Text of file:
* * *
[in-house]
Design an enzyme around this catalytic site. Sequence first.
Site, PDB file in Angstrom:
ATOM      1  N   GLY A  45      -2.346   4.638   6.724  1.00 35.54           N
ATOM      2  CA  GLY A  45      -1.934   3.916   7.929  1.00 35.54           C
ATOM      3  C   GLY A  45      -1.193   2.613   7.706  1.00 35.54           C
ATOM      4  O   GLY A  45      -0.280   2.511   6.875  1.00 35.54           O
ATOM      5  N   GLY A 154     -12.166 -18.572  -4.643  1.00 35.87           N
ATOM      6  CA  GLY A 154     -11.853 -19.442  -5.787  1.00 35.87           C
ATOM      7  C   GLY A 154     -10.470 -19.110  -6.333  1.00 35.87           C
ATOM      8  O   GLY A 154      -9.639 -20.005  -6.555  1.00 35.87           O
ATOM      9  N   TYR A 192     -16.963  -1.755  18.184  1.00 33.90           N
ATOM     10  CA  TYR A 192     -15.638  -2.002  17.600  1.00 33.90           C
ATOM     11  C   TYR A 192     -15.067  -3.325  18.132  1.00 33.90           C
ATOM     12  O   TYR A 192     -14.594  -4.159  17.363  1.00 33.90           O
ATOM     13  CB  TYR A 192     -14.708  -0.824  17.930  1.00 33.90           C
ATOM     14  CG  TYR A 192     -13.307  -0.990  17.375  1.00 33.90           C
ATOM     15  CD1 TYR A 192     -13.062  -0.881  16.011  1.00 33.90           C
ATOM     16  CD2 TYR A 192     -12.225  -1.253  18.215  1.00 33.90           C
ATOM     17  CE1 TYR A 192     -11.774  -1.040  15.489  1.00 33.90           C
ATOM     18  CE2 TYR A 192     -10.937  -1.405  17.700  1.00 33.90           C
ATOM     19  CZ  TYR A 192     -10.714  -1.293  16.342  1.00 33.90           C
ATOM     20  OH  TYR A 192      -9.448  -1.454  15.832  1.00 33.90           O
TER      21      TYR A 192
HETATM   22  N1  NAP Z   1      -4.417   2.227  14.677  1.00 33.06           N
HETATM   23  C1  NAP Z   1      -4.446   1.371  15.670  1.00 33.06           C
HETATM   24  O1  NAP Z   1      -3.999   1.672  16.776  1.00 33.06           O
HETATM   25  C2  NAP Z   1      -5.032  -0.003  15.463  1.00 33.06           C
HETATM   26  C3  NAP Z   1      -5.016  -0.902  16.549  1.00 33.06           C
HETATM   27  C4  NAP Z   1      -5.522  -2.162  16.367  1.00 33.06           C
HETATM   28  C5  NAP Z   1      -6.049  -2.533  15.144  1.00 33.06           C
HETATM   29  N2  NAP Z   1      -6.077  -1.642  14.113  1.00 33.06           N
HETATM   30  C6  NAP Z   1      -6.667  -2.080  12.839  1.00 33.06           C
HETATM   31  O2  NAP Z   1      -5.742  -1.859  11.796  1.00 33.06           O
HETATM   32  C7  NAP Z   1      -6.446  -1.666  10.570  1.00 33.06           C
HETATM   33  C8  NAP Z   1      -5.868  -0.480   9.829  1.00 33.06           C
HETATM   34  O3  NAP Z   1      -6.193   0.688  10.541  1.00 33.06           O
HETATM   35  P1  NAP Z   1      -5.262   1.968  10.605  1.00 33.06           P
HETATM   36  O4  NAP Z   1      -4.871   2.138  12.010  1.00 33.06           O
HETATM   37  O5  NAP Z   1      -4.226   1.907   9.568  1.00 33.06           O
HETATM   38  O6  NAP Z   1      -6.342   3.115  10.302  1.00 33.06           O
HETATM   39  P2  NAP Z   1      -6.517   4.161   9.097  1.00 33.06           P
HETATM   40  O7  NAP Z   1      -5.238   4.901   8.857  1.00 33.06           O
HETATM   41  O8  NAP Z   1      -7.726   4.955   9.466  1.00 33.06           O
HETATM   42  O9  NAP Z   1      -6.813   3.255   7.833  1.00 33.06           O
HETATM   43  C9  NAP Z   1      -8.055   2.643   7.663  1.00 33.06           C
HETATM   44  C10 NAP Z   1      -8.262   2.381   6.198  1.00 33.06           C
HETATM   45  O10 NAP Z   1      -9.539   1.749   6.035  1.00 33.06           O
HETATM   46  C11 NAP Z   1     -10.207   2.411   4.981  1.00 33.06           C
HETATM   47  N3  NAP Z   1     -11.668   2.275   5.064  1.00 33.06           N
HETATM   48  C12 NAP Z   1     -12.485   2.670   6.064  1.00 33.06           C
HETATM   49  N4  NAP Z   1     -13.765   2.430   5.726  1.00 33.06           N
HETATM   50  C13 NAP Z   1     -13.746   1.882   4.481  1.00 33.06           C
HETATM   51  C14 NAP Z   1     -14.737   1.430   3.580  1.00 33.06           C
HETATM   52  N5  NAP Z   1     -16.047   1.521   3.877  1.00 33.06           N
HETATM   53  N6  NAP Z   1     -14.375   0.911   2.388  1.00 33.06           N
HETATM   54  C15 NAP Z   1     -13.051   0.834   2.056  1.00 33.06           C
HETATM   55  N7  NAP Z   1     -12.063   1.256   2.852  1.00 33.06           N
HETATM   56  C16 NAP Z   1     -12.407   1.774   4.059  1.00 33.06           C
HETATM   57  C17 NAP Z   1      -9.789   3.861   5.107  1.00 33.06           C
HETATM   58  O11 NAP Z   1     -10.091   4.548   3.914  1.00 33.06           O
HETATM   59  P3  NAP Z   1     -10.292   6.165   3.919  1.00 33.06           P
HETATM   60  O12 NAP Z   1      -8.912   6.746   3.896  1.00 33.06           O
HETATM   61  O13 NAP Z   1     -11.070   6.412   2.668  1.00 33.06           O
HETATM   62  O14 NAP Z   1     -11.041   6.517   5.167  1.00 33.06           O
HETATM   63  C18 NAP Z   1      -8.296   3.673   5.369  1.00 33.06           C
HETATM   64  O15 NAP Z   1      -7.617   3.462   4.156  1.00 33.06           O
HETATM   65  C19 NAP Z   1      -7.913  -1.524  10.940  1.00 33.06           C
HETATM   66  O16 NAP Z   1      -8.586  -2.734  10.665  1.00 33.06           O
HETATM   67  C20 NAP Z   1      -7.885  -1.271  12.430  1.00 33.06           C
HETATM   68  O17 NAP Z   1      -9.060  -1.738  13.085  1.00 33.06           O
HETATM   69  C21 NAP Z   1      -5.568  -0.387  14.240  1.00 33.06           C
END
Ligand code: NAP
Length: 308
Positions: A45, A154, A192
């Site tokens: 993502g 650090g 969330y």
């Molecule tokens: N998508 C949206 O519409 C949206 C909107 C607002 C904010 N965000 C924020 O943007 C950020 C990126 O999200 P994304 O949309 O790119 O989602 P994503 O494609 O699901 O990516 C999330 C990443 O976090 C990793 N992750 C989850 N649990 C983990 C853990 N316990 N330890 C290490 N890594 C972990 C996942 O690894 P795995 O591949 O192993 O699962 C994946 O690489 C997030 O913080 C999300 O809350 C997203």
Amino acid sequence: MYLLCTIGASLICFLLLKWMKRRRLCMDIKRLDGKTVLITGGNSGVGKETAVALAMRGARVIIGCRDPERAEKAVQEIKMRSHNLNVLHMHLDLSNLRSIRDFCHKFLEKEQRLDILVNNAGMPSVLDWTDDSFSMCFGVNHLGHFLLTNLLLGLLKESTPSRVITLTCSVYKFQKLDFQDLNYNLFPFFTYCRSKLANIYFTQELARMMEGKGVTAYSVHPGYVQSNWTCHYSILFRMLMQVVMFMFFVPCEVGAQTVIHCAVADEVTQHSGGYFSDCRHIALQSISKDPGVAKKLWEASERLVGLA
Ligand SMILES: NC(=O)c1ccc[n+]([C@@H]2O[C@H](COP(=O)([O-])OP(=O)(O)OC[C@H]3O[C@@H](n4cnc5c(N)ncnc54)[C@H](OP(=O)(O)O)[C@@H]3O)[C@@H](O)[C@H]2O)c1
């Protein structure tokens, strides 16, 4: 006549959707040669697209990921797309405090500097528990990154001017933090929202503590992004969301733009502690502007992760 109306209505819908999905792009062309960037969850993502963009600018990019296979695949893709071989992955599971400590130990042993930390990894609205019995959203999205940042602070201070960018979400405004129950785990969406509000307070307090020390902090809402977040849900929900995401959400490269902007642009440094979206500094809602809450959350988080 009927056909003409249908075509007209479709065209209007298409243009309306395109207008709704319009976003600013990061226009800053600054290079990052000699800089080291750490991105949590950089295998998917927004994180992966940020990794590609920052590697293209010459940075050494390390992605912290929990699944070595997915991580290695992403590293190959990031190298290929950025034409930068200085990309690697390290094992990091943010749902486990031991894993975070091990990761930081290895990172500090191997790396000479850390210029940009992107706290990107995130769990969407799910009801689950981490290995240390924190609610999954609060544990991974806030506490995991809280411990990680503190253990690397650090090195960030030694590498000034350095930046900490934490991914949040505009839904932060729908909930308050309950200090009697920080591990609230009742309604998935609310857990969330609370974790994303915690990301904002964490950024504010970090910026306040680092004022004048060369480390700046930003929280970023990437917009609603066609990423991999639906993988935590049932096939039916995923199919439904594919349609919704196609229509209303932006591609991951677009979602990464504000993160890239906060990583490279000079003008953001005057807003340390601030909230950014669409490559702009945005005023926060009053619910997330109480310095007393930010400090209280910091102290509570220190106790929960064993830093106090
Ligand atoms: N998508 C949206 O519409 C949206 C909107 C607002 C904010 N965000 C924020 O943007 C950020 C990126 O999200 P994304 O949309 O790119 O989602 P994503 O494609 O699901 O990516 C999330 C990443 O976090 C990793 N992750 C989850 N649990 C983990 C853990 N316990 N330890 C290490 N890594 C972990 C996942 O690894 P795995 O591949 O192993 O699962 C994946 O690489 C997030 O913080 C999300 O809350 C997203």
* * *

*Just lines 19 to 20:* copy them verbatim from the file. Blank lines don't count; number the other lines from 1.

ATOM     16  CD2 TYR A 192     -12.225  -1.253  18.215  1.00 33.90           C
ATOM     17  CE1 TYR A 192     -11.774  -1.040  15.489  1.00 33.90           C